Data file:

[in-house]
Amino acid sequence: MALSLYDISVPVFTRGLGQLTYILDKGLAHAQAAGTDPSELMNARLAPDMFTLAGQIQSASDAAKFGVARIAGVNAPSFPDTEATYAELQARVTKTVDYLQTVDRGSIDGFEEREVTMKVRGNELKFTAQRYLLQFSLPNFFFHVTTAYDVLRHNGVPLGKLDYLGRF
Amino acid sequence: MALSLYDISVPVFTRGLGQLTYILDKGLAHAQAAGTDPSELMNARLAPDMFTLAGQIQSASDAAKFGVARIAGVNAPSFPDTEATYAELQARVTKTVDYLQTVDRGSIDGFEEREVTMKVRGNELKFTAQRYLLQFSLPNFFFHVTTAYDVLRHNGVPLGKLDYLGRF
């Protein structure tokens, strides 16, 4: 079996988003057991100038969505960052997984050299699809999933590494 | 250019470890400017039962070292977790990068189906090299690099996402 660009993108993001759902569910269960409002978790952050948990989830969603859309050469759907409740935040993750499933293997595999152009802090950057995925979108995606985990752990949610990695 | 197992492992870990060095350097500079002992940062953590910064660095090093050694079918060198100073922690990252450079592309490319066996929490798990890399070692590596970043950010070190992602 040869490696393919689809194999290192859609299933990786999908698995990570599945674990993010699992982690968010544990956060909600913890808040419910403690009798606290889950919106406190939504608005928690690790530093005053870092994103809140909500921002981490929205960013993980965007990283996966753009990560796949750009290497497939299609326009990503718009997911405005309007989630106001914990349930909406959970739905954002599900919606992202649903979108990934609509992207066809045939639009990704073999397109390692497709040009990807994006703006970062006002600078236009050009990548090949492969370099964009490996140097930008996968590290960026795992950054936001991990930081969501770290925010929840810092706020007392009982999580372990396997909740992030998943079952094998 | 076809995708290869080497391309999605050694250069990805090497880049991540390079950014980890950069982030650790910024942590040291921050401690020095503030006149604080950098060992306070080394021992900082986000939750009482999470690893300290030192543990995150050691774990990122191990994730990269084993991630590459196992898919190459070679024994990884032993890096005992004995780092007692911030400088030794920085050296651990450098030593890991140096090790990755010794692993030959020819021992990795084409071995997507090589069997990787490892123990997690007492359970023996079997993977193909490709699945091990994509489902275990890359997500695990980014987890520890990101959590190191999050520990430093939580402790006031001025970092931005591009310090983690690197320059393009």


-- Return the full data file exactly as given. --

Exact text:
[in-house]
Amino acid sequence: MALSLYDISVPVFTRGLGQLTYILDKGLAHAQAAGTDPSELMNARLAPDMFTLAGQIQSASDAAKFGVARIAGVNAPSFPDTEATYAELQARVTKTVDYLQTVDRGSIDGFEEREVTMKVRGNELKFTAQRYLLQFSLPNFFFHVTTAYDVLRHNGVPLGKLDYLGRF
Amino acid sequence: MALSLYDISVPVFTRGLGQLTYILDKGLAHAQAAGTDPSELMNARLAPDMFTLAGQIQSASDAAKFGVARIAGVNAPSFPDTEATYAELQARVTKTVDYLQTVDRGSIDGFEEREVTMKVRGNELKFTAQRYLLQFSLPNFFFHVTTAYDVLRHNGVPLGKLDYLGRF
């Protein structure tokens, strides 16, 4: 079996988003057991100038969505960052997984050299699809999933590494 | 250019470890400017039962070292977790990068189906090299690099996402 660009993108993001759902569910269960409002978790952050948990989830969603859309050469759907409740935040993750499933293997595999152009802090950057995925979108995606985990752990949610990695 | 197992492992870990060095350097500079002992940062953590910064660095090093050694079918060198100073922690990252450079592309490319066996929490798990890399070692590596970043950010070190992602 040869490696393919689809194999290192859609299933990786999908698995990570599945674990993010699992982690968010544990956060909600913890808040419910403690009798606290889950919106406190939504608005928690690790530093005053870092994103809140909500921002981490929205960013993980965007990283996966753009990560796949750009290497497939299609326009990503718009997911405005309007989630106001914990349930909406959970739905954002599900919606992202649903979108990934609509992207066809045939639009990704073999397109390692497709040009990807994006703006970062006002600078236009050009990548090949492969370099964009490996140097930008996968590290960026795992950054936001991990930081969501770290925010929840810092706020007392009982999580372990396997909740992030998943079952094998 | 076809995708290869080497391309999605050694250069990805090497880049991540390079950014980890950069982030650790910024942590040291921050401690020095503030006149604080950098060992306070080394021992900082986000939750009482999470690893300290030192543990995150050691774990990122191990994730990269084993991630590459196992898919190459070679024994990884032993890096005992004995780092007692911030400088030794920085050296651990450098030593890991140096090790990755010794692993030959020819021992990795084409071995997507090589069997990787490892123990997690007492359970023996079997993977193909490709699945091990994509489902275990890359997500695990980014987890520890990101959590190191999050520990430093939580402790006031001025970092931005591009310090983690690197320059393009």